So I was sitting at my desk as the head of staffing for one of the large companies I used to work for, and I got a frantic phone call from the head of HR of one of our divisions, who started complaining about some recruiting we’re doing for one of her managers. “The manager’s not happy with you,” she growled. “You know the turnover rate for financial planners and analysts is high. The only way we can keep those jobs filled is to keep the pipeline packed with candidates ó and the manager’s hardly seen any candidates!” “Why’s that?” I replied. “We’re doing the work, sending you candidates.” “Yeah, but the quality’s low,” she said. “Says who?” I asked. “Says us, HR. Our job is to make sure the hiring manager’s taken care of.” “Okay, so we’re sending you candidates,” I said, “but they’re not getting past HR?” “Exactly. And now the hiring manager is all over my back for results.” “So why don’t we send the candidates to the hiring manager first?” I asked. “Because, Jeremy, we have to screen them first. That’s our job.” “No, your job is to make sure the hiring manager is s taken care of, you said so yourself. In this case, taking care of the hiring manager means they need to see a higher volume of candidates to be reassured that the pipeline is filled. Why don’t we try an experiment? Let’s send the candidates to the hiring manager to assess technical fit, then to you to assess the cultural fit, and then see where we stand?” I can’t tell if the relationship between HR generalist and recruiter is like siblings or spouses. I do know it’s just another version of something you see so often in nature: two organisms in conflict and yet dependent upon one another to survive. I do know the conflict is common; I can’t tell you how often I’ve seen a version of the above story played out in companies. Part of the problem is endemic to these two jobs, rooted in the fabric and fundamental DNA of these roles as they have evolved over time. But fortunately, as human beings (and not simply as organisms in nature), by identifying these built-in barriers to success (or as they say in therapy on The Sopranos, “knowing the blind spots”), we can adapt, formulate a way around the barriers, and beat evolution ó or at least understand how to succeed and survive. Here’s the problem as I see it: The role of the HR generalist touches on many important areas of a company ó organizational development and change, employee relations, comp and benefits, conflict resolution, etc. ó but as a partner to general managers running a business, a lot of what an HR generalist deals with tends to be “negative” in nature. (For instance, when there’s an employee conflict or problem, who does the manager call? The HR professional). Success for the HR executive can often be helping a company avoid problems or disaster. By contrast, a recruiter’s success is usually “positive” in nature. Success for them is not preventing failure but adding to a company, in the form of identifying, sourcing, and assessing a new hire. Since more often than not staffing is one of the many responsibilities that fall under the purview of HR, when a recruiting opportunity arises, it’s only natural that the HR professional will want to get involved and participate in a process where a successful result is “positive” for the company. Here are some other built-in problems between the two functions:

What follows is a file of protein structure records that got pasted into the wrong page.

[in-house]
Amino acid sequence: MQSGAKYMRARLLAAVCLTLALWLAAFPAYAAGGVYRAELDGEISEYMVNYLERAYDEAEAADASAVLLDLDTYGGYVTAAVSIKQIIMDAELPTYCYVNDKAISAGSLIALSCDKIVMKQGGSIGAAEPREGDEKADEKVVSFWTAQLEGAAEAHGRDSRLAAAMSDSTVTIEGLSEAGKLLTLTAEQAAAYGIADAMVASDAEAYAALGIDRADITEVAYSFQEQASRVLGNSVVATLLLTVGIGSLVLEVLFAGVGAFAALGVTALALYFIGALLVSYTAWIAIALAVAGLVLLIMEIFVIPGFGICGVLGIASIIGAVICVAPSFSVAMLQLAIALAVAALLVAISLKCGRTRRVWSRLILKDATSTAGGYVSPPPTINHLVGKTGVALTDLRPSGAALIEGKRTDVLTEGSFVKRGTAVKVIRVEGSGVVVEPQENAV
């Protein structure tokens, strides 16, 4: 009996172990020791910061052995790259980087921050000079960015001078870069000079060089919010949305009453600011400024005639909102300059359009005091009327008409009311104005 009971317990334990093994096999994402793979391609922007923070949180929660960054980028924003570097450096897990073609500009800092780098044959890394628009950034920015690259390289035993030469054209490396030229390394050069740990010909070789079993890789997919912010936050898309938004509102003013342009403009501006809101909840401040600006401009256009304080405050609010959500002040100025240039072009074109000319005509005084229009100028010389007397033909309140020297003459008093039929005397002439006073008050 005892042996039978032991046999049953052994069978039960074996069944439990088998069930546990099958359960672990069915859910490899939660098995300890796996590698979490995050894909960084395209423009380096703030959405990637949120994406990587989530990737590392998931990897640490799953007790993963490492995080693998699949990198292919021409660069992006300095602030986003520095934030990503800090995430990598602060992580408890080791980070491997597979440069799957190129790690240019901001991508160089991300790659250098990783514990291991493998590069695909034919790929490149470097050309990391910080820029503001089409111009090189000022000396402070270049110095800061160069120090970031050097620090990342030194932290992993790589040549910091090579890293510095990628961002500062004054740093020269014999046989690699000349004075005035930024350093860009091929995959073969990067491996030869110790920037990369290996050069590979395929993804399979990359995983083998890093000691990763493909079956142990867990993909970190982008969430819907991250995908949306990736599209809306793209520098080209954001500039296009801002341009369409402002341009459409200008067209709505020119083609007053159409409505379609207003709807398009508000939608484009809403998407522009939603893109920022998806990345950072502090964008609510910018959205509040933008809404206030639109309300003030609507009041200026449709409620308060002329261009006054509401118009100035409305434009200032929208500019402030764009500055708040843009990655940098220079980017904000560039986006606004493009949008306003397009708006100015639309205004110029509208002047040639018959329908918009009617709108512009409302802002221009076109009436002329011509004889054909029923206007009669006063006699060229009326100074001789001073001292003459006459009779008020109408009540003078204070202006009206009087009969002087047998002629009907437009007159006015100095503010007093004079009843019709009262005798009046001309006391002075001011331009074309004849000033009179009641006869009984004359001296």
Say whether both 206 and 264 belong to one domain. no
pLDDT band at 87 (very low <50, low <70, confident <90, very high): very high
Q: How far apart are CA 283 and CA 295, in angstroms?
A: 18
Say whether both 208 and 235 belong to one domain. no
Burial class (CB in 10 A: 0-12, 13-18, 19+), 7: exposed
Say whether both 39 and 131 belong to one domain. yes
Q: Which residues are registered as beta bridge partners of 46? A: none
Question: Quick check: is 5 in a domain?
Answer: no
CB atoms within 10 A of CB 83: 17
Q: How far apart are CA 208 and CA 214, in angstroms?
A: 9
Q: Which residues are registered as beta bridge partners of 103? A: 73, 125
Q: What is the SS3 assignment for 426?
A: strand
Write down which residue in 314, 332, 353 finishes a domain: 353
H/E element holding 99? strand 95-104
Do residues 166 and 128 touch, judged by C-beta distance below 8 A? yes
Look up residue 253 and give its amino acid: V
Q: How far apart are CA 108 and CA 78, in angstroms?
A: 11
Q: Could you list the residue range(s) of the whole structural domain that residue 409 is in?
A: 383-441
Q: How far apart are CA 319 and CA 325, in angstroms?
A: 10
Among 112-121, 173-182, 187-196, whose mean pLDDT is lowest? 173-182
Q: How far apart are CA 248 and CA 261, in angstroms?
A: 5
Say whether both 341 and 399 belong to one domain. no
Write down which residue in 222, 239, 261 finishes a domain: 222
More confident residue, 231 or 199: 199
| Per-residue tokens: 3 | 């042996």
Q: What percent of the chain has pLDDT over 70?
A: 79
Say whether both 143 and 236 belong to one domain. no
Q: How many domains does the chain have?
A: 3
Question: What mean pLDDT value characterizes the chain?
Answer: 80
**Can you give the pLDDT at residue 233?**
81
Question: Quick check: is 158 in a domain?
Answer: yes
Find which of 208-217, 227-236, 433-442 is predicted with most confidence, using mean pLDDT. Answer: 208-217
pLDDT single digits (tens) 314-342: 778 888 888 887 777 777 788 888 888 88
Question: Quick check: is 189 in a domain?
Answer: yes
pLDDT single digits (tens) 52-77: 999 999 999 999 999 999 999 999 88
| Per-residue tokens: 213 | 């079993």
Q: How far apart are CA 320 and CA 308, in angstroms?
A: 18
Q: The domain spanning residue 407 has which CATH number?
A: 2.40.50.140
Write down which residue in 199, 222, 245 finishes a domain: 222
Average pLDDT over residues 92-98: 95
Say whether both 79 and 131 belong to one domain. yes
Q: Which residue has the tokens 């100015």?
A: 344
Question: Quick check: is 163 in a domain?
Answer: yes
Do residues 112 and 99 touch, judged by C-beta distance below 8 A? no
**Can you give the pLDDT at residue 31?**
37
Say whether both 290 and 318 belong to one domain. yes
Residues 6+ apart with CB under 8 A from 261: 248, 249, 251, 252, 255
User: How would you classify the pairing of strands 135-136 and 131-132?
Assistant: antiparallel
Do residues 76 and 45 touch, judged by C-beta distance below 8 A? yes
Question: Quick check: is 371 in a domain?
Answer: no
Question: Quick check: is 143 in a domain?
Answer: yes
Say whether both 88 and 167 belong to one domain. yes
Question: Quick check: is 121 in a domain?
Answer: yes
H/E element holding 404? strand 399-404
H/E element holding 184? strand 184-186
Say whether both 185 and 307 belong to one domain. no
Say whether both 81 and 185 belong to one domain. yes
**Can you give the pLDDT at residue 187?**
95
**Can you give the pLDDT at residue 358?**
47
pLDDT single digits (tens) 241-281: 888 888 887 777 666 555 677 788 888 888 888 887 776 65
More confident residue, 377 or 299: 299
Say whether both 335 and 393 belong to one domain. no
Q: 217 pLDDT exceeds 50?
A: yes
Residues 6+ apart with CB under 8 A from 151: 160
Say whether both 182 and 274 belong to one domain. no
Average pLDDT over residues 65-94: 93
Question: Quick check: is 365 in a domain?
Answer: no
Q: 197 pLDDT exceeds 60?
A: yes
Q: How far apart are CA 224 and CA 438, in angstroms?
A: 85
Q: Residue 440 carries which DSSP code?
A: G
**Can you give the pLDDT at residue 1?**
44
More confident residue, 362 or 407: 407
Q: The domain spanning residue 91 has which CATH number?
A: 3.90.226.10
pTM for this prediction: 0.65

• A recruiter’s main focus is all about getting the job done. Anything that impedes that, including an intrusive HR generalist, must be overcome. (In fact, third-party recruiting firms often train their professionals in strategies for circumventing HR professionals.)
  • keep reading…